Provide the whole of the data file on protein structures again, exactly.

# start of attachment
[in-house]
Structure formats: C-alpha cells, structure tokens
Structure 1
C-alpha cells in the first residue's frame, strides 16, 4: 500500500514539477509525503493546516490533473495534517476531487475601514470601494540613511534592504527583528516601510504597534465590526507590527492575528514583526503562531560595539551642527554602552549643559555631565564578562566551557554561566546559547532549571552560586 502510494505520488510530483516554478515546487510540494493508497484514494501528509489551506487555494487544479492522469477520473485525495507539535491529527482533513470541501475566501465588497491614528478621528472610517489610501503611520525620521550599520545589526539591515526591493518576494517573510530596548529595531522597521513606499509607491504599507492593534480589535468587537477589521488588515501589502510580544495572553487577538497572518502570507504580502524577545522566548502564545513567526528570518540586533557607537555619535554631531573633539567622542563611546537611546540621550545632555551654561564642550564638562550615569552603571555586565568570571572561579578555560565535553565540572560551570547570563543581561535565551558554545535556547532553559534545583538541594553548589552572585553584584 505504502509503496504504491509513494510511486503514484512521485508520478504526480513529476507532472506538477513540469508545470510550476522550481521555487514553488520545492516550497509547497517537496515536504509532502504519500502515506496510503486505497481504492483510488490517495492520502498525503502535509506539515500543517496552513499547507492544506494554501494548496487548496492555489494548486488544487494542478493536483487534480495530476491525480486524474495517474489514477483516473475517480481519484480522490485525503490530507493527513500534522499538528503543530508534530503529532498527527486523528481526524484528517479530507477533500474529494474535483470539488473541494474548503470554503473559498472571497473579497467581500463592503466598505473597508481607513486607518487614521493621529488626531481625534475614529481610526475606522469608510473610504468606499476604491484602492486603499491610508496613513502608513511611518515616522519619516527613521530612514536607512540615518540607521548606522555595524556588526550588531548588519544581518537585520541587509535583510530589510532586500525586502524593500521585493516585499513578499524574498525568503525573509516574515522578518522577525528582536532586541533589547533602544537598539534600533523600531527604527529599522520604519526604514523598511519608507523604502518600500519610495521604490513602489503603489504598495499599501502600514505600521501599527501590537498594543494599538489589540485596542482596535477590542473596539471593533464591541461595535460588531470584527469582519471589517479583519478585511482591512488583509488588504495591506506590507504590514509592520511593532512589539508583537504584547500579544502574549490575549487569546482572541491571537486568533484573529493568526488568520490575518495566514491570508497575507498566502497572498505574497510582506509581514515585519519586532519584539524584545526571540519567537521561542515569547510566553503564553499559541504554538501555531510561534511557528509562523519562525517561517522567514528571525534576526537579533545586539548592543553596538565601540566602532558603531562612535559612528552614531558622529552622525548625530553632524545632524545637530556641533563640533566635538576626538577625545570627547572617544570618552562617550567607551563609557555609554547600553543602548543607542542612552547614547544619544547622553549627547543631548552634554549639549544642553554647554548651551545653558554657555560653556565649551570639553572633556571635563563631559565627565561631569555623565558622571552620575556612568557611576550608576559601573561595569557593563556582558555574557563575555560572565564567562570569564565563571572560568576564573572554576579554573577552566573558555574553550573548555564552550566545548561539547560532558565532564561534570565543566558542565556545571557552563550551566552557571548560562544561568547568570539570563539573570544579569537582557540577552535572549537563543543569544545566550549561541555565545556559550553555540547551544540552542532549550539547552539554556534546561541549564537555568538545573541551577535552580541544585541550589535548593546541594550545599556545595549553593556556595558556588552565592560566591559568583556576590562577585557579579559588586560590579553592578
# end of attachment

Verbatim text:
[in-house]
Structure formats: C-alpha cells, structure tokens
Structure 1
C-alpha cells in the first residue's frame, strides 16, 4: 500500500514539477509525503493546516490533473495534517476531487475601514470601494540613511534592504527583528516601510504597534465590526507590527492575528514583526503562531560595539551642527554602552549643559555631565564578562566551557554561566546559547532549571552560586 502510494505520488510530483516554478515546487510540494493508497484514494501528509489551506487555494487544479492522469477520473485525495507539535491529527482533513470541501475566501465588497491614528478621528472610517489610501503611520525620521550599520545589526539591515526591493518576494517573510530596548529595531522597521513606499509607491504599507492593534480589535468587537477589521488588515501589502510580544495572553487577538497572518502570507504580502524577545522566548502564545513567526528570518540586533557607537555619535554631531573633539567622542563611546537611546540621550545632555551654561564642550564638562550615569552603571555586565568570571572561579578555560565535553565540572560551570547570563543581561535565551558554545535556547532553559534545583538541594553548589552572585553584584 505504502509503496504504491509513494510511486503514484512521485508520478504526480513529476507532472506538477513540469508545470510550476522550481521555487514553488520545492516550497509547497517537496515536504509532502504519500502515506496510503486505497481504492483510488490517495492520502498525503502535509506539515500543517496552513499547507492544506494554501494548496487548496492555489494548486488544487494542478493536483487534480495530476491525480486524474495517474489514477483516473475517480481519484480522490485525503490530507493527513500534522499538528503543530508534530503529532498527527486523528481526524484528517479530507477533500474529494474535483470539488473541494474548503470554503473559498472571497473579497467581500463592503466598505473597508481607513486607518487614521493621529488626531481625534475614529481610526475606522469608510473610504468606499476604491484602492486603499491610508496613513502608513511611518515616522519619516527613521530612514536607512540615518540607521548606522555595524556588526550588531548588519544581518537585520541587509535583510530589510532586500525586502524593500521585493516585499513578499524574498525568503525573509516574515522578518522577525528582536532586541533589547533602544537598539534600533523600531527604527529599522520604519526604514523598511519608507523604502518600500519610495521604490513602489503603489504598495499599501502600514505600521501599527501590537498594543494599538489589540485596542482596535477590542473596539471593533464591541461595535460588531470584527469582519471589517479583519478585511482591512488583509488588504495591506506590507504590514509592520511593532512589539508583537504584547500579544502574549490575549487569546482572541491571537486568533484573529493568526488568520490575518495566514491570508497575507498566502497572498505574497510582506509581514515585519519586532519584539524584545526571540519567537521561542515569547510566553503564553499559541504554538501555531510561534511557528509562523519562525517561517522567514528571525534576526537579533545586539548592543553596538565601540566602532558603531562612535559612528552614531558622529552622525548625530553632524545632524545637530556641533563640533566635538576626538577625545570627547572617544570618552562617550567607551563609557555609554547600553543602548543607542542612552547614547544619544547622553549627547543631548552634554549639549544642553554647554548651551545653558554657555560653556565649551570639553572633556571635563563631559565627565561631569555623565558622571552620575556612568557611576550608576559601573561595569557593563556582558555574557563575555560572565564567562570569564565563571572560568576564573572554576579554573577552566573558555574553550573548555564552550566545548561539547560532558565532564561534570565543566558542565556545571557552563550551566552557571548560562544561568547568570539570563539573570544579569537582557540577552535572549537563543543569544545566550549561541555565545556559550553555540547551544540552542532549550539547552539554556534546561541549564537555568538545573541551577535552580541544585541550589535548593546541594550545599556545595549553593556556595558556588552565592560566591559568583556576590562577585557579579559588586560590579553592578